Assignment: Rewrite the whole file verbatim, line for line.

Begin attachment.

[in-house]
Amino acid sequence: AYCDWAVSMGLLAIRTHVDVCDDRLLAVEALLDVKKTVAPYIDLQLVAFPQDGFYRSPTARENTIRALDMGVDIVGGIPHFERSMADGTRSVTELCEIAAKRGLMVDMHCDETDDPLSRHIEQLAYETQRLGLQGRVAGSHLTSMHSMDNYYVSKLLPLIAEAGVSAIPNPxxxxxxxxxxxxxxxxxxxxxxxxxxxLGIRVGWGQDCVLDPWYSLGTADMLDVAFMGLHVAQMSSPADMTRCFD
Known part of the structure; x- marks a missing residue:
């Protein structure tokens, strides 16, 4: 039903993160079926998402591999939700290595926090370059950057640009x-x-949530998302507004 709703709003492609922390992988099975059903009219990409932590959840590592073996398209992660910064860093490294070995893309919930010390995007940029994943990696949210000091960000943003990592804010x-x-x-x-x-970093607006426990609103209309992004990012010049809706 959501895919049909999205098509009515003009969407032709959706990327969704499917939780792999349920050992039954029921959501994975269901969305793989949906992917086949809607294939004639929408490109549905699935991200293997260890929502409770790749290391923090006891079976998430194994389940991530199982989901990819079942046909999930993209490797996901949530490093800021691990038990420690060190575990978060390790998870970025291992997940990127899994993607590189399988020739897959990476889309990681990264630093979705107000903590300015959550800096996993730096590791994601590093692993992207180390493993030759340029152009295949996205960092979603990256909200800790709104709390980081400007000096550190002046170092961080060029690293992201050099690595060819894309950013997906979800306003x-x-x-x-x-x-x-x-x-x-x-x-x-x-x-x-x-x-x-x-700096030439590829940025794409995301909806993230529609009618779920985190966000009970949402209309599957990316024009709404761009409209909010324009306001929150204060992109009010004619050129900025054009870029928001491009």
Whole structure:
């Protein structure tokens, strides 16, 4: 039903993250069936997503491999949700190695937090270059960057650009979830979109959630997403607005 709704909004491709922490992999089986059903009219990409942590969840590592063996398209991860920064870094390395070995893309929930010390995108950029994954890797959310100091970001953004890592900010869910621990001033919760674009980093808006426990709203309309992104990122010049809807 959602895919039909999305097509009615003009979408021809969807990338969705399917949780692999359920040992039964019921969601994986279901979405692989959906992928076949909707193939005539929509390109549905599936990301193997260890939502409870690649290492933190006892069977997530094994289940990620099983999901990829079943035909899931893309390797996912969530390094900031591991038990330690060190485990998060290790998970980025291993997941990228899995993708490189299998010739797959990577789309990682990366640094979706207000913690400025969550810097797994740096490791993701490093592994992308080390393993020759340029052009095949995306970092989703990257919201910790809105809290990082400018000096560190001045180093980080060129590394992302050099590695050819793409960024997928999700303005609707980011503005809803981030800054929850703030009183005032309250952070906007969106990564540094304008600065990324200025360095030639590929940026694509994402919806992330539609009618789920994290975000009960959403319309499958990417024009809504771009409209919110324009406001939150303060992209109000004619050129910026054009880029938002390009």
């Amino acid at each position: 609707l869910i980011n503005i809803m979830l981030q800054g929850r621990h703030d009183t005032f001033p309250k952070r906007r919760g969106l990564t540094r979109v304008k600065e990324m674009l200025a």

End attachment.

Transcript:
[in-house]
Amino acid sequence: AYCDWAVSMGLLAIRTHVDVCDDRLLAVEALLDVKKTVAPYIDLQLVAFPQDGFYRSPTARENTIRALDMGVDIVGGIPHFERSMADGTRSVTELCEIAAKRGLMVDMHCDETDDPLSRHIEQLAYETQRLGLQGRVAGSHLTSMHSMDNYYVSKLLPLIAEAGVSAIPNPxxxxxxxxxxxxxxxxxxxxxxxxxxxLGIRVGWGQDCVLDPWYSLGTADMLDVAFMGLHVAQMSSPADMTRCFD
Known part of the structure; x- marks a missing residue:
């Protein structure tokens, strides 16, 4: 039903993160079926998402591999939700290595926090370059950057640009x-x-949530998302507004 709703709003492609922390992988099975059903009219990409932590959840590592073996398209992660910064860093490294070995893309919930010390995007940029994943990696949210000091960000943003990592804010x-x-x-x-x-970093607006426990609103209309992004990012010049809706 959501895919049909999205098509009515003009969407032709959706990327969704499917939780792999349920050992039954029921959501994975269901969305793989949906992917086949809607294939004639929408490109549905699935991200293997260890929502409770790749290391923090006891079976998430194994389940991530199982989901990819079942046909999930993209490797996901949530490093800021691990038990420690060190575990978060390790998870970025291992997940990127899994993607590189399988020739897959990476889309990681990264630093979705107000903590300015959550800096996993730096590791994601590093692993992207180390493993030759340029152009295949996205960092979603990256909200800790709104709390980081400007000096550190002046170092961080060029690293992201050099690595060819894309950013997906979800306003x-x-x-x-x-x-x-x-x-x-x-x-x-x-x-x-x-x-x-x-700096030439590829940025794409995301909806993230529609009618779920985190966000009970949402209309599957990316024009709404761009409209909010324009306001929150204060992109009010004619050129900025054009870029928001491009």
Whole structure:
């Protein structure tokens, strides 16, 4: 039903993250069936997503491999949700190695937090270059960057650009979830979109959630997403607005 709704909004491709922490992999089986059903009219990409942590969840590592063996398209991860920064870094390395070995893309929930010390995108950029994954890797959310100091970001953004890592900010869910621990001033919760674009980093808006426990709203309309992104990122010049809807 959602895919039909999305097509009615003009979408021809969807990338969705399917949780692999359920040992039964019921969601994986279901979405692989959906992928076949909707193939005539929509390109549905599936990301193997260890939502409870690649290492933190006892069977997530094994289940990620099983999901990829079943035909899931893309390797996912969530390094900031591991038990330690060190485990998060290790998970980025291993997941990228899995993708490189299998010739797959990577789309990682990366640094979706207000913690400025969550810097797994740096490791993701490093592994992308080390393993020759340029052009095949995306970092989703990257919201910790809105809290990082400018000096560190001045180093980080060129590394992302050099590695050819793409960024997928999700303005609707980011503005809803981030800054929850703030009183005032309250952070906007969106990564540094304008600065990324200025360095030639590929940026694509994402919806992330539609009618789920994290975000009960959403319309499958990417024009809504771009409209919110324009406001939150303060992209109000004619050129910026054009880029938002390009």
């Amino acid at each position: 609707l869910i980011n503005i809803m979830l981030q800054g929850r621990h703030d009183t005032f001033p309250k952070r906007r919760g969106l990564t540094r979109v304008k600065e990324m674009l200025a």